But the logjam was broken in 2010 when Pacific Tomato Growers — one of the nation’s biggest producers, with large operations in Florida — joined. Weeks later, Lipman, the nation’s largest tomato grower, also signed on, and eventually the Tomato Growers Exchange did, too.

Beau McHan, Pacific’s harvest manager, said, “We’re trying to run a business and make a profit, yet everyone wants to know they’re changing the world for the better."

Joining, he acknowledged, has cost Pacific hundreds of thousands of dollars — $5,000 a year for shade tents and $50,000 for an improved drinking-water system as well as the money to pay workers for waiting time that was once off the clock. A former New York State judge, Laura Safer Espinoza, oversees the inspection apparatus, which interviews thousands of workers, audits payrolls and conducts in-depth interviews with farm managers. There are lengthy trainings for crew leaders, and six of them were fired after her team investigated allegations of verbal abuse and sexual harassment.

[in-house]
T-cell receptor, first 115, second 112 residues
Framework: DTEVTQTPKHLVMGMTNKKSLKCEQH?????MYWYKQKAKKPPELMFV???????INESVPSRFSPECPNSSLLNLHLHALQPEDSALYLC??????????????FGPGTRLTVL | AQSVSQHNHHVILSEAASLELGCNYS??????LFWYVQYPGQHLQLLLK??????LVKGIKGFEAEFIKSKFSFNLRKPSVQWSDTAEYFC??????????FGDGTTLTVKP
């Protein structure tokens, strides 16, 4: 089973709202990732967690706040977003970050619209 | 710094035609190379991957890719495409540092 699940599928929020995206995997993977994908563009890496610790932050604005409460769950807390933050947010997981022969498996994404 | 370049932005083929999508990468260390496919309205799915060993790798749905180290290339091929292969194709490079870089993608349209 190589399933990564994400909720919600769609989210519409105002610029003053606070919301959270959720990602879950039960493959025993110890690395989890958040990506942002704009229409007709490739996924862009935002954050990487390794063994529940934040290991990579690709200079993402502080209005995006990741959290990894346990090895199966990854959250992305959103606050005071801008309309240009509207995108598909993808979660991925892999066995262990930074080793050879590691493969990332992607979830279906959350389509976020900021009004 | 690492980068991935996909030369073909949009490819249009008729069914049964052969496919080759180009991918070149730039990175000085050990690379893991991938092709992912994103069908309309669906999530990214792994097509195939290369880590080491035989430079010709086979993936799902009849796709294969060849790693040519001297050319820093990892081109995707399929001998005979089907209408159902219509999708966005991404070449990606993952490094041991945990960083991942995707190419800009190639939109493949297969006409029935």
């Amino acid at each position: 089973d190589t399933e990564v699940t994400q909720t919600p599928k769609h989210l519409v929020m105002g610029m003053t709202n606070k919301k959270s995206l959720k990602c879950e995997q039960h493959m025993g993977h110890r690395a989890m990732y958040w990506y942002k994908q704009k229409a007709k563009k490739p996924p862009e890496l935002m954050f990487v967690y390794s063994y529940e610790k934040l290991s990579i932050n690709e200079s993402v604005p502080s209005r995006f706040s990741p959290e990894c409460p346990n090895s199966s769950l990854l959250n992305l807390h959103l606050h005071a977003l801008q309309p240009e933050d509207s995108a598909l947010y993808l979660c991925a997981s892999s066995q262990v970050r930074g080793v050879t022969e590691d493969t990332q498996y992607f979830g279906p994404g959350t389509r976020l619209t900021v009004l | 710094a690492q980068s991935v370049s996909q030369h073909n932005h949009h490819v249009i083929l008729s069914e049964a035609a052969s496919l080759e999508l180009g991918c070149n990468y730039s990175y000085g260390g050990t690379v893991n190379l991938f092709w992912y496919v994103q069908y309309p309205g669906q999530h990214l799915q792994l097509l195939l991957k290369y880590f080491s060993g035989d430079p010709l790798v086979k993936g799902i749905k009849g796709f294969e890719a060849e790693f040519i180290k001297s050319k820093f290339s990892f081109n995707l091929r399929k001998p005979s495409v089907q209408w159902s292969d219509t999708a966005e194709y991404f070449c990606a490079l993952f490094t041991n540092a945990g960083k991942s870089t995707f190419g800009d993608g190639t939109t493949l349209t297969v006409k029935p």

“Supervisors have gotten the message, and we’re seeing far fewer allegations of harassment than three years ago,” she said.

Now that the three-year-old program has stopped much of the abuse and harassment, participants are planning to give tomatoes produced under its watch a “Fair Food” label that could reassure — and attract — shoppers who want ethically sourced produce.

A version of this article appears in print on April 25, 2014, on page A1 of the New York edition with the headline: In Florida Tomato Fields, a Penny Buys Progress.


Video: Rare Baby Zonkey Born in Mexico Zoo

On Monday, a baby zonkey (cross between a zebra and a donkey), named Khumba, was born in the zoo in Reynosa, Mexico.




Tuesday, April 22, 2014

Article: Gabriel García Márquez Memorial Brings Thousands Of Mourners To Bid Farewell

Associated Press Article published on Huffington Post site about the memorial to Colombian author Gabriel García Marquez in Mexico City yesterday. 

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Gabriel García Márquez Memorial Brings Thousands Of Mourners To Bid Farewell

Posted: Updated: 

TED talk: Keith Chen - Could your language affect your ability to save money?